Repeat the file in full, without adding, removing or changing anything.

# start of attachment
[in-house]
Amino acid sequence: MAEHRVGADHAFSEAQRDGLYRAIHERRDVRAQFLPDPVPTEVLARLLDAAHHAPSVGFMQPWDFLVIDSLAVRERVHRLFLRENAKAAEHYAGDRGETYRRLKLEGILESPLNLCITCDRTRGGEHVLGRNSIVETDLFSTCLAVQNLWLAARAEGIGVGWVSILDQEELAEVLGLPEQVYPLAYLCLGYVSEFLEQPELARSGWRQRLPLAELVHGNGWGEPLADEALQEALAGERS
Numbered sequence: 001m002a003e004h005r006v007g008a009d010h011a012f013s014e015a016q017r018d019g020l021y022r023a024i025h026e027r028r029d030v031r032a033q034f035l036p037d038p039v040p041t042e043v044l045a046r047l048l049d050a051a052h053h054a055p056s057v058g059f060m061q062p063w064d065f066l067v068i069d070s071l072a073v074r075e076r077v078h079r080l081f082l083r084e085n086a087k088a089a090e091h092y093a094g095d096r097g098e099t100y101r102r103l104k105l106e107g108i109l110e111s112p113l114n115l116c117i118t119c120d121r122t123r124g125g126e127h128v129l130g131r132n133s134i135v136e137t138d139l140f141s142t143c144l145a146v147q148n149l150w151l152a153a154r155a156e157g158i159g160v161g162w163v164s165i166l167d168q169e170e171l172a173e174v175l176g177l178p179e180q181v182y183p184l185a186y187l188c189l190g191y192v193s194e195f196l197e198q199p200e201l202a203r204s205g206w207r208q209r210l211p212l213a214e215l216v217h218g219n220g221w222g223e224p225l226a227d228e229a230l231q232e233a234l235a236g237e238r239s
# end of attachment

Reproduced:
[in-house]
Amino acid sequence: MAEHRVGADHAFSEAQRDGLYRAIHERRDVRAQFLPDPVPTEVLARLLDAAHHAPSVGFMQPWDFLVIDSLAVRERVHRLFLRENAKAAEHYAGDRGETYRRLKLEGILESPLNLCITCDRTRGGEHVLGRNSIVETDLFSTCLAVQNLWLAARAEGIGVGWVSILDQEELAEVLGLPEQVYPLAYLCLGYVSEFLEQPELARSGWRQRLPLAELVHGNGWGEPLADEALQEALAGERS
Numbered sequence: 001m002a003e004h005r006v007g008a009d010h011a012f013s014e015a016q017r018d019g020l021y022r023a024i025h026e027r028r029d030v031r032a033q034f035l036p037d038p039v040p041t042e043v044l045a046r047l048l049d050a051a052h053h054a055p056s057v058g059f060m061q062p063w064d065f066l067v068i069d070s071l072a073v074r075e076r077v078h079r080l081f082l083r084e085n086a087k088a089a090e091h092y093a094g095d096r097g098e099t100y101r102r103l104k105l106e107g108i109l110e111s112p113l114n115l116c117i118t119c120d121r122t123r124g125g126e127h128v129l130g131r132n133s134i135v136e137t138d139l140f141s142t143c144l145a146v147q148n149l150w151l152a153a154r155a156e157g158i159g160v161g162w163v164s165i166l167d168q169e170e171l172a173e174v175l176g177l178p179e180q181v182y183p184l185a186y187l188c189l190g191y192v193s194e195f196l197e198q199p200e201l202a203r204s205g206w207r208q209r210l211p212l213a214e215l216v217h218g219n220g221w222g223e224p225l226a227d228e229a230l231q232e233a234l235a236g237e238r239s